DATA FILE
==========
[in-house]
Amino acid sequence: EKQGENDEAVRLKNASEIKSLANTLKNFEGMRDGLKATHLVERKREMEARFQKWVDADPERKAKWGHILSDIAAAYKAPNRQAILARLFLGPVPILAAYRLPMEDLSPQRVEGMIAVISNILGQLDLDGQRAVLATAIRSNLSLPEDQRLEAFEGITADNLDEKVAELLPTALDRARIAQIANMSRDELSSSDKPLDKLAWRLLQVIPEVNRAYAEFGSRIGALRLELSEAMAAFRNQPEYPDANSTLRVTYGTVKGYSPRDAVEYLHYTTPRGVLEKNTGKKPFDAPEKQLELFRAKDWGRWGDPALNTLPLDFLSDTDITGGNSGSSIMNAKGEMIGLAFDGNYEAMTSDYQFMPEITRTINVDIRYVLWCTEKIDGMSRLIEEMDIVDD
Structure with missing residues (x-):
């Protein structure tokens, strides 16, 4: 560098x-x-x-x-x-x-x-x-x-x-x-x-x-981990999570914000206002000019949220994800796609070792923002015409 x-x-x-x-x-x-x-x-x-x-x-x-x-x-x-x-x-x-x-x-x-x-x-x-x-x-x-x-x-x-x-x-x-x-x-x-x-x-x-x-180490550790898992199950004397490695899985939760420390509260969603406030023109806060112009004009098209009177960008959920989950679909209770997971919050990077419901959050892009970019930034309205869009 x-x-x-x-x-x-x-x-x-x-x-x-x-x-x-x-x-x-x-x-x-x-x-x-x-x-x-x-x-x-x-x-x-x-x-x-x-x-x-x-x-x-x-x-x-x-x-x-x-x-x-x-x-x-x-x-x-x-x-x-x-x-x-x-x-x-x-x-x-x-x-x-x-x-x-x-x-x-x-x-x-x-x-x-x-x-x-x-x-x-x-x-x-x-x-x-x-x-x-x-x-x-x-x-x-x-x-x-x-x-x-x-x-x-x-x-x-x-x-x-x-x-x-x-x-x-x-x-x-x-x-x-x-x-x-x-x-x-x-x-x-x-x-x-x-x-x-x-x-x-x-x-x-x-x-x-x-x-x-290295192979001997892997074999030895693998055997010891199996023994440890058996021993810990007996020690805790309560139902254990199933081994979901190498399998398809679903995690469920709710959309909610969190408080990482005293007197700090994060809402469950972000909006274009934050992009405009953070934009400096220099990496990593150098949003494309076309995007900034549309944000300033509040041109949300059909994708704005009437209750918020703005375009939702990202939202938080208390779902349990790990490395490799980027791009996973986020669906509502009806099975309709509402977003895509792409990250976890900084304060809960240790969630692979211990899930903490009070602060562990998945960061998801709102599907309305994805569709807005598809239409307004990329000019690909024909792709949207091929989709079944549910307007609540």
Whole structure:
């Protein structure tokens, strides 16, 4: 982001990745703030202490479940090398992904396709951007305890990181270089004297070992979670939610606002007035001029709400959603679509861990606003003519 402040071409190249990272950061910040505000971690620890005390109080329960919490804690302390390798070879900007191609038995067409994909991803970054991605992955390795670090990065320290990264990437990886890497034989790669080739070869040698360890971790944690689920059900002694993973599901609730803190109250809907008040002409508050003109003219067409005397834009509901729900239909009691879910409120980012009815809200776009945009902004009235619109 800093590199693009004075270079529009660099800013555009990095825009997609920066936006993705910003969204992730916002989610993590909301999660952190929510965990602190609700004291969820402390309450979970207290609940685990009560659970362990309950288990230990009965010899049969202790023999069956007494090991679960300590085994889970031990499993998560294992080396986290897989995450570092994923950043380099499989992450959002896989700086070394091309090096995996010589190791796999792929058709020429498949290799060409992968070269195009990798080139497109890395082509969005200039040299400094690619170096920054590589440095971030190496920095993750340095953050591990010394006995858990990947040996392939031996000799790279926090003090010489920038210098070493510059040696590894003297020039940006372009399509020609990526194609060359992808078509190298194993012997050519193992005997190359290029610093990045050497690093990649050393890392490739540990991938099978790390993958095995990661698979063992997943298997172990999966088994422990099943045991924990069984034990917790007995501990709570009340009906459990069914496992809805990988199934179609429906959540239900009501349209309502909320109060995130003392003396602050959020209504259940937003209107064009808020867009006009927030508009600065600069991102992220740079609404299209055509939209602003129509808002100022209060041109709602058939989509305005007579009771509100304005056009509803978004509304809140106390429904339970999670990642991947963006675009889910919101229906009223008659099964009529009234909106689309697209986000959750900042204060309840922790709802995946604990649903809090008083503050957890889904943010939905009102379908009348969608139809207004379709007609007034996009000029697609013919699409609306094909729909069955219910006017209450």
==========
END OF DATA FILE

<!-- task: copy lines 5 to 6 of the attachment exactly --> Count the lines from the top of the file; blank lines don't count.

Whole structure:
């Protein structure tokens, strides 16, 4: 982001990745703030202490479940090398992904396709951007305890990181270089004297070992979670939610606002007035001029709400959603679509861990606003003519 402040071409190249990272950061910040505000971690620890005390109080329960919490804690302390390798070879900007191609038995067409994909991803970054991605992955390795670090990065320290990264990437990886890497034989790669080739070869040698360890971790944690689920059900002694993973599901609730803190109250809907008040002409508050003109003219067409005397834009509901729900239909009691879910409120980012009815809200776009945009902004009235619109 800093590199693009004075270079529009660099800013555009990095825009997609920066936006993705910003969204992730916002989610993590909301999660952190929510965990602190609700004291969820402390309450979970207290609940685990009560659970362990309950288990230990009965010899049969202790023999069956007494090991679960300590085994889970031990499993998560294992080396986290897989995450570092994923950043380099499989992450959002896989700086070394091309090096995996010589190791796999792929058709020429498949290799060409992968070269195009990798080139497109890395082509969005200039040299400094690619170096920054590589440095971030190496920095993750340095953050591990010394006995858990990947040996392939031996000799790279926090003090010489920038210098070493510059040696590894003297020039940006372009399509020609990526194609060359992808078509190298194993012997050519193992005997190359290029610093990045050497690093990649050393890392490739540990991938099978790390993958095995990661698979063992997943298997172990999966088994422990099943045991924990069984034990917790007995501990709570009340009906459990069914496992809805990988199934179609429906959540239900009501349209309502909320109060995130003392003396602050959020209504259940937003209107064009808020867009006009927030508009600065600069991102992220740079609404299209055509939209602003129509808002100022209060041109709602058939989509305005007579009771509100304005056009509803978004509304809140106390429904339970999670990642991947963006675009889910919101229906009223008659099964009529009234909106689309697209986000959750900042204060309840922790709802995946604990649903809090008083503050957890889904943010939905009102379908009348969608139809207004379709007609007034996009000029697609013919699409609306094909729909069955219910006017209450």